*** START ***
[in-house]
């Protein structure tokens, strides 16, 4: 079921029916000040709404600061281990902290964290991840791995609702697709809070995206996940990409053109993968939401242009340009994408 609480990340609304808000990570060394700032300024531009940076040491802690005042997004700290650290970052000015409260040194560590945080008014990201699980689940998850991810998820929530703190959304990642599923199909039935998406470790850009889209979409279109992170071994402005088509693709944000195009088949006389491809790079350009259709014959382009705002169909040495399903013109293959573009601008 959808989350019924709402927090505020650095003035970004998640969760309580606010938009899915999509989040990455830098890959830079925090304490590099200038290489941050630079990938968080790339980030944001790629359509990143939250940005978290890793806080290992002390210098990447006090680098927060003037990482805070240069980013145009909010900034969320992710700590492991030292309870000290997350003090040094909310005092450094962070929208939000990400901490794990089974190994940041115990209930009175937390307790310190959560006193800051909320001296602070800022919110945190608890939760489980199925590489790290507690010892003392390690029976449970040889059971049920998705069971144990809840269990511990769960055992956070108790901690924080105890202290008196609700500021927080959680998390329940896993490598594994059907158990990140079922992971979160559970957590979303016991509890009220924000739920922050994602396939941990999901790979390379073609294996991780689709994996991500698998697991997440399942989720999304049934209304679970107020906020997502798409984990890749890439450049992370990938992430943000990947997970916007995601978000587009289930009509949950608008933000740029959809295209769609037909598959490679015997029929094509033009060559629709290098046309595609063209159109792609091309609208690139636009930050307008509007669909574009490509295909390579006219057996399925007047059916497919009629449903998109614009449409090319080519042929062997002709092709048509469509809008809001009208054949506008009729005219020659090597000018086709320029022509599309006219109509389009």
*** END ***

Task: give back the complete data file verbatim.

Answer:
[in-house]
């Protein structure tokens, strides 16, 4: 079921029916000040709404600061281990902290964290991840791995609702697709809070995206996940990409053109993968939401242009340009994408 609480990340609304808000990570060394700032300024531009940076040491802690005042997004700290650290970052000015409260040194560590945080008014990201699980689940998850991810998820929530703190959304990642599923199909039935998406470790850009889209979409279109992170071994402005088509693709944000195009088949006389491809790079350009259709014959382009705002169909040495399903013109293959573009601008 959808989350019924709402927090505020650095003035970004998640969760309580606010938009899915999509989040990455830098890959830079925090304490590099200038290489941050630079990938968080790339980030944001790629359509990143939250940005978290890793806080290992002390210098990447006090680098927060003037990482805070240069980013145009909010900034969320992710700590492991030292309870000290997350003090040094909310005092450094962070929208939000990400901490794990089974190994940041115990209930009175937390307790310190959560006193800051909320001296602070800022919110945190608890939760489980199925590489790290507690010892003392390690029976449970040889059971049920998705069971144990809840269990511990769960055992956070108790901690924080105890202290008196609700500021927080959680998390329940896993490598594994059907158990990140079922992971979160559970957590979303016991509890009220924000739920922050994602396939941990999901790979390379073609294996991780689709994996991500698998697991997440399942989720999304049934209304679970107020906020997502798409984990890749890439450049992370990938992430943000990947997970916007995601978000587009289930009509949950608008933000740029959809295209769609037909598959490679015997029929094509033009060559629709290098046309595609063209159109792609091309609208690139636009930050307008509007669909574009490509295909390579006219057996399925007047059916497919009629449903998109614009449409090319080519042929062997002709092709048509469509809008809001009208054949506008009729005219020659090597000018086709320029022509599309006219109509389009």